But not this movie. Nope. Not in anything resembling the traditional sense. I'm not familiar with too many other '70s grindhouse features that has dialogue like this. Jack McKee (Jeff Bridges) and Cecil Colson (Sam Waterston) are a pair of bored cattle rustlers who are driven in their actions by avoiding boredom. When Cecil asks his partner why he would undertake a risky haul he simply replies that he wants to stay awake. Their exchanges throughout the movie at times sound like some weird hybrid of Thomas Pynchon and Kurt Vonnegut. Though McGuane, best known as a novelist and fly fisher, has a language all his own.
Ideas too. Cecil, an American Indian, gets a lecture from his father about a widespread problem in the local parts: pickup truck cults.
I've seen more of this state's poor cowboys, miners, railroaders and Indians go broke buyin' pickup trucks. The poor people of this state are dope fiends for pickup trucks. As soon's they get ten cents ahead they trade in on a new pickup truck. The families, homesteads, schools, hospitals and happiness of Montana have been sold down the river to buy pickup trucks!... And there's a sickness here worse than alcohol and dope. It is the pickup truck death! And there's no cure in sight.
Mcguane's themes are common. Progress is not progress. The individualism of the West is being eroded - The ranch owner and his wife used to be be in the beauty parlor business ("Don't you ever miss Schenectady?"). There's a quick shot of a closed down drive-in theater. Capitalism is a toxicity. The "normal life" is perhaps a selling out of one's identity. When Jack returns home, his parents have contrived to have his ex girlfriend there, hoping he'll reconsider and settle down. Instead, Jack trashes the house and screams at them all, wanting none of their "medicated" existence. McGuane is the one yelling against America, of course.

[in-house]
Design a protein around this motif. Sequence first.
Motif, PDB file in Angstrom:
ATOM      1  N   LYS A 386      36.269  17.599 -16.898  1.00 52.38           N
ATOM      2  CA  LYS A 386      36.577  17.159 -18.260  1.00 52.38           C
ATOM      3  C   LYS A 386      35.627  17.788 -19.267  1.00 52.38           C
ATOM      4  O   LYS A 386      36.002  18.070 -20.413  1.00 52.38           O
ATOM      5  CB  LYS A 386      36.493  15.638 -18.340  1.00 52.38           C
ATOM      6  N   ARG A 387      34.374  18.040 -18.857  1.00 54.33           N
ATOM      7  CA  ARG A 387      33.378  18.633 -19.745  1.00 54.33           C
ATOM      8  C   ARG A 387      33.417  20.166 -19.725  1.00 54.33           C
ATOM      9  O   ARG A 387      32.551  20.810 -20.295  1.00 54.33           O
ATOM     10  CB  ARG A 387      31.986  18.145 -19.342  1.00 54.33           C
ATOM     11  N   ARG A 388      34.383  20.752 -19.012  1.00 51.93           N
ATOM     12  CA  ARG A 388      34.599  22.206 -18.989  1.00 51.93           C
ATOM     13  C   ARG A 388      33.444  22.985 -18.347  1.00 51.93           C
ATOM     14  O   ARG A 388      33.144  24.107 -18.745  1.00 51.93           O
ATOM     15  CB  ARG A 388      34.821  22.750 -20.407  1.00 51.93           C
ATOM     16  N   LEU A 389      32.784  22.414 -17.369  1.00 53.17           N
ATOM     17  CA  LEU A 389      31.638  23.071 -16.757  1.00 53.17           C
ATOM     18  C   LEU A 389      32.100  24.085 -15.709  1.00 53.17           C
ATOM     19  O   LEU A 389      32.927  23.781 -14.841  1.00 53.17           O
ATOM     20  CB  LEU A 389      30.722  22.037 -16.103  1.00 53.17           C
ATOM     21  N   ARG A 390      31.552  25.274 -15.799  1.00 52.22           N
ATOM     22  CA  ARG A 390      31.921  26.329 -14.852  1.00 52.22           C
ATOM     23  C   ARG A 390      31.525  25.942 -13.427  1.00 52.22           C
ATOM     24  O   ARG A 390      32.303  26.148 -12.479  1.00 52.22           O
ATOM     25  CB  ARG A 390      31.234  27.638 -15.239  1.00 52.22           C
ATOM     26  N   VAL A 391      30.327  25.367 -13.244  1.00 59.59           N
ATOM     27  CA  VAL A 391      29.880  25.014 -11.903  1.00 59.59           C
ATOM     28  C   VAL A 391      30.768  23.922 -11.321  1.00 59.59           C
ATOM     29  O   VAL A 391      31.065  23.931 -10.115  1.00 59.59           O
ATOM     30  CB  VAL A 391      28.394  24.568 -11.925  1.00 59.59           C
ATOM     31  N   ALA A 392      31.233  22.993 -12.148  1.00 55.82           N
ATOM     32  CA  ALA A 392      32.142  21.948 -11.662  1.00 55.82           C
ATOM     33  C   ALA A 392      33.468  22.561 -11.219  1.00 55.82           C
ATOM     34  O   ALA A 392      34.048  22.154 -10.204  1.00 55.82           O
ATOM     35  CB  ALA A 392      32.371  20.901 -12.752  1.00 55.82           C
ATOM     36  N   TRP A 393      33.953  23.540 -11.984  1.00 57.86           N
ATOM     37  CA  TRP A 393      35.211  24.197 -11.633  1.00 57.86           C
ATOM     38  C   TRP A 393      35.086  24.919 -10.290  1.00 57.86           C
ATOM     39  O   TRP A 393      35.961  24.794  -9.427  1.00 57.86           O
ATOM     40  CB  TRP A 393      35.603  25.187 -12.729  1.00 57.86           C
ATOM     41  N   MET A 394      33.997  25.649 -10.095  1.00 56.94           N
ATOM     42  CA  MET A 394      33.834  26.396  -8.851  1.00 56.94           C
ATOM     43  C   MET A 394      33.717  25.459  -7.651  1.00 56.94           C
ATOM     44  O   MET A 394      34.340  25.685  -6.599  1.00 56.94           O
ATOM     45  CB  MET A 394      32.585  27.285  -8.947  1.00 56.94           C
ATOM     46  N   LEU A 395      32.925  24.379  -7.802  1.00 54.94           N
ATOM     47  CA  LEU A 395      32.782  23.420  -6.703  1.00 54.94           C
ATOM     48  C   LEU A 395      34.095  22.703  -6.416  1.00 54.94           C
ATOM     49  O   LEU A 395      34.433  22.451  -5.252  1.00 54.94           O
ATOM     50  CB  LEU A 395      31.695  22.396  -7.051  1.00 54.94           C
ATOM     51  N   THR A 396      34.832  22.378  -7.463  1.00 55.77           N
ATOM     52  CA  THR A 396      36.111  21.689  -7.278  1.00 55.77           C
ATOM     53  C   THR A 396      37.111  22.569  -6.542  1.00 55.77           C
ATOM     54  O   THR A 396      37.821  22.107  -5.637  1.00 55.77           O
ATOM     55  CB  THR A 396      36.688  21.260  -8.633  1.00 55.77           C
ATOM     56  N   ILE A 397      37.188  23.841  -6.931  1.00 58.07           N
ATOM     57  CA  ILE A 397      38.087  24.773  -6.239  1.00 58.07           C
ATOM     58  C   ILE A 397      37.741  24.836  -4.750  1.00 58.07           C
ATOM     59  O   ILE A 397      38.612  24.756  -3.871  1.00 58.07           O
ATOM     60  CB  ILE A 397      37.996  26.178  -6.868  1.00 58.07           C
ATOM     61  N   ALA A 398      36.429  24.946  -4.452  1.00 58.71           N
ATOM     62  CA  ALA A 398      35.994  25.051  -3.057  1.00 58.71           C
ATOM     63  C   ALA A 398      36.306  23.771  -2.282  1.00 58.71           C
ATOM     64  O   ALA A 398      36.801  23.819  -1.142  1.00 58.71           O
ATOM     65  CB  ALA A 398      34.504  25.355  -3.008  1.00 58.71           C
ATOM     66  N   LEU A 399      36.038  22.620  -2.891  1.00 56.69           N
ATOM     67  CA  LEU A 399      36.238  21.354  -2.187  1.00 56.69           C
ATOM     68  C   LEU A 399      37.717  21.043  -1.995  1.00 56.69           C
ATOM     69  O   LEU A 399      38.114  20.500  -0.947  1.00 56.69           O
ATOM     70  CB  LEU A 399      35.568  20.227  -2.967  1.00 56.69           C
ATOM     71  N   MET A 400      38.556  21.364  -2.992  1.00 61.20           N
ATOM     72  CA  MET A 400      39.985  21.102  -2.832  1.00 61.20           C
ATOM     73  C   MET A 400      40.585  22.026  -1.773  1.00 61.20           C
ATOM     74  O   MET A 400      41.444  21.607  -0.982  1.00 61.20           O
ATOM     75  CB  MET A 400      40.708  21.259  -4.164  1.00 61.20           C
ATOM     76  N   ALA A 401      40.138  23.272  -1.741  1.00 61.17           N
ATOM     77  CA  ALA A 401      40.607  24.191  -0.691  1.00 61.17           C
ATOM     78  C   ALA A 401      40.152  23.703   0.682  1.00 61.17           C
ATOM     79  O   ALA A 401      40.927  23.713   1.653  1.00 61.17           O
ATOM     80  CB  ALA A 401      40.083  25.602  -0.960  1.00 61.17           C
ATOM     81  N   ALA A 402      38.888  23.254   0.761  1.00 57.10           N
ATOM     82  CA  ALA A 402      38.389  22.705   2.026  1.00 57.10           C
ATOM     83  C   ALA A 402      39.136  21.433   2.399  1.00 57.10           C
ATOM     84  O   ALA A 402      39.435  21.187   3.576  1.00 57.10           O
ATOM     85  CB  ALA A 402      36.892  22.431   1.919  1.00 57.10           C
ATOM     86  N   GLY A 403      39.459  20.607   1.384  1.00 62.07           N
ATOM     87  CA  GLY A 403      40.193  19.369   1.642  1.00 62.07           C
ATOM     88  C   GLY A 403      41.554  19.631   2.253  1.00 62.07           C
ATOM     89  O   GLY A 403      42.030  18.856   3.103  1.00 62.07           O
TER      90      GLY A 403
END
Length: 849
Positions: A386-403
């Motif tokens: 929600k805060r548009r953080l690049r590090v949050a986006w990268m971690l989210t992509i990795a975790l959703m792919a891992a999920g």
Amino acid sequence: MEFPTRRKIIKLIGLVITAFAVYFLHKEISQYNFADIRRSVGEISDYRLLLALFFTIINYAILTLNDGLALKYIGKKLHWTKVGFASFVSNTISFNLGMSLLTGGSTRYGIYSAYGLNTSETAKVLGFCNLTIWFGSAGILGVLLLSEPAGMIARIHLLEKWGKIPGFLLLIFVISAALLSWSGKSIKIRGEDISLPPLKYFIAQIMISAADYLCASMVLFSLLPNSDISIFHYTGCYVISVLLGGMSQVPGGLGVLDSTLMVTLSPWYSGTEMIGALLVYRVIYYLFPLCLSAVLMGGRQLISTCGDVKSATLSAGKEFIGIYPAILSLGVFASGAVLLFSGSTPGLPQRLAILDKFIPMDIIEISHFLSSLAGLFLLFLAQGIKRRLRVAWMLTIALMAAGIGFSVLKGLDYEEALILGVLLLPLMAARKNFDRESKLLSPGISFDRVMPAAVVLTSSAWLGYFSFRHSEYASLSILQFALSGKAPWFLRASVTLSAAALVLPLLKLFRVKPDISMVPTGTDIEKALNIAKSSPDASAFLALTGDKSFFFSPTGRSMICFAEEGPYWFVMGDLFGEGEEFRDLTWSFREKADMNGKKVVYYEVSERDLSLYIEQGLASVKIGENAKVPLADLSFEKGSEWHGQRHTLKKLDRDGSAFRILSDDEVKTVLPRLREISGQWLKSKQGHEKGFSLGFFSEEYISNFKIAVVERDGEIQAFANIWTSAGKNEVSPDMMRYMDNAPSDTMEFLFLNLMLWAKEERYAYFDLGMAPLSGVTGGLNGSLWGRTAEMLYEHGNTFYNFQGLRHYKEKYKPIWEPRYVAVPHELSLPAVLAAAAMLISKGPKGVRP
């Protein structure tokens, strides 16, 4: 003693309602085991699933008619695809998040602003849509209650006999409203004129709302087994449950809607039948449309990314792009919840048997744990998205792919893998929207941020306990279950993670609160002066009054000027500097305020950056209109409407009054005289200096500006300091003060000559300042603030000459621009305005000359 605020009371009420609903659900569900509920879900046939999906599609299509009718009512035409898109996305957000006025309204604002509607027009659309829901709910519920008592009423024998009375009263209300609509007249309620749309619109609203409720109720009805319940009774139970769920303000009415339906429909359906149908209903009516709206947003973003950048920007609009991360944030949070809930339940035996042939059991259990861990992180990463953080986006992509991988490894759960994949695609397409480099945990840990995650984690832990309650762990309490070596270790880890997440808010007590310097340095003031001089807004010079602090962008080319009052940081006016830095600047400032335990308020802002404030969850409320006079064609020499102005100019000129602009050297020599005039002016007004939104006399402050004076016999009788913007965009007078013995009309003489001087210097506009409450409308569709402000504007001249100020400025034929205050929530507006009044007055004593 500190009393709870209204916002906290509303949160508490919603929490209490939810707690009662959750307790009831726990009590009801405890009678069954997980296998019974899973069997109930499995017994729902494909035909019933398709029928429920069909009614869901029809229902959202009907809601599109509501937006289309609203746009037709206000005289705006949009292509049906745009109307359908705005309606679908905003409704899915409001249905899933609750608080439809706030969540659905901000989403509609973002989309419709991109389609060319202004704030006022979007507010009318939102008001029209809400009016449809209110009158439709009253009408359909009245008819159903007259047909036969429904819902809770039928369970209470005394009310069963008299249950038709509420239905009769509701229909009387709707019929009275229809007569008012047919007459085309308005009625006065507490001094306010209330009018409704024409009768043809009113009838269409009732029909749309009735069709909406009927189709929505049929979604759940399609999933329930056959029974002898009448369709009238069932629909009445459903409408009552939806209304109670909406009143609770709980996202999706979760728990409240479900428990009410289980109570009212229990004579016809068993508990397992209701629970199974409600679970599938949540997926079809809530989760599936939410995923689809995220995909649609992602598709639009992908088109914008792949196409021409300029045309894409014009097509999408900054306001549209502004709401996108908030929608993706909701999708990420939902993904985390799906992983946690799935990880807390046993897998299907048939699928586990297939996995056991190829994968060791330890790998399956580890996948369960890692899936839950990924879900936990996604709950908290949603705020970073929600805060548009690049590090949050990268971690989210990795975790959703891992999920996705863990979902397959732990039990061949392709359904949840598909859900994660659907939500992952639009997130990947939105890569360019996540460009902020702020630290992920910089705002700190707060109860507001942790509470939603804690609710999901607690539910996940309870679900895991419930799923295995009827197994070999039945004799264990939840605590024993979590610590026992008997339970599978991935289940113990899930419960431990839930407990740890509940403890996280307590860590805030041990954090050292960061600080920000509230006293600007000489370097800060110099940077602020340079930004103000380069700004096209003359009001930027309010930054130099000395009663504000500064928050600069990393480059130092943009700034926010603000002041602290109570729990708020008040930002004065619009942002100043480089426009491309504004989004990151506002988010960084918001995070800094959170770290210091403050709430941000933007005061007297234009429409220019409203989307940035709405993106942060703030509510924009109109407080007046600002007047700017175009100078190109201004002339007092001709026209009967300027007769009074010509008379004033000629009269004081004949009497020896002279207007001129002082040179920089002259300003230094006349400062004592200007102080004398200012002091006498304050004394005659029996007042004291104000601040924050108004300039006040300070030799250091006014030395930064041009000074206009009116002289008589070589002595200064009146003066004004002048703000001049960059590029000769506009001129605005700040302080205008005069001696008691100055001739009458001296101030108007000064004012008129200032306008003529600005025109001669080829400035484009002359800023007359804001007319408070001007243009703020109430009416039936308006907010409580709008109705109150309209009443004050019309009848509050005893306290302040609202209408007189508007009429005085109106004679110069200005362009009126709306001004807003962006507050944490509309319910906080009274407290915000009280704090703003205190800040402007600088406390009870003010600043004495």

The cast is great. Slim Pickens does his unique thing as a cattle detective (and former horse thief). He's laid back to the point of non-existence, seemingly in no hurry to catch the rustlers. His recounting of a dream of ancient Egypt is one of his several priceless bits. Clifton James and Elizabeth Ashley are John and Cora Brown, the wealthy ranchers. They too are bored as hell. Harry Dean Stanton plays one of their ranch hands, Burt, who is slow witted but awfully sweet. Bridges, whose Jack is so disaffected his face registers ennui even during a wild outdoor sex scene, is fine and Waterston is likewise in an atypical role. It's quite jarring to see him play such a ruffian after years of watching his stern D.A. on Law & Order. Jimmy Buffet and his band play "Livingston Saturday Night" in bar. This was the first of at least two times he's done this in a movie (see also FM).
RANCHO DELUXE won't be everyone's cuppa, but for those seeking something a few degrees to the left of Philip Anschutz, a grin or two is very likely.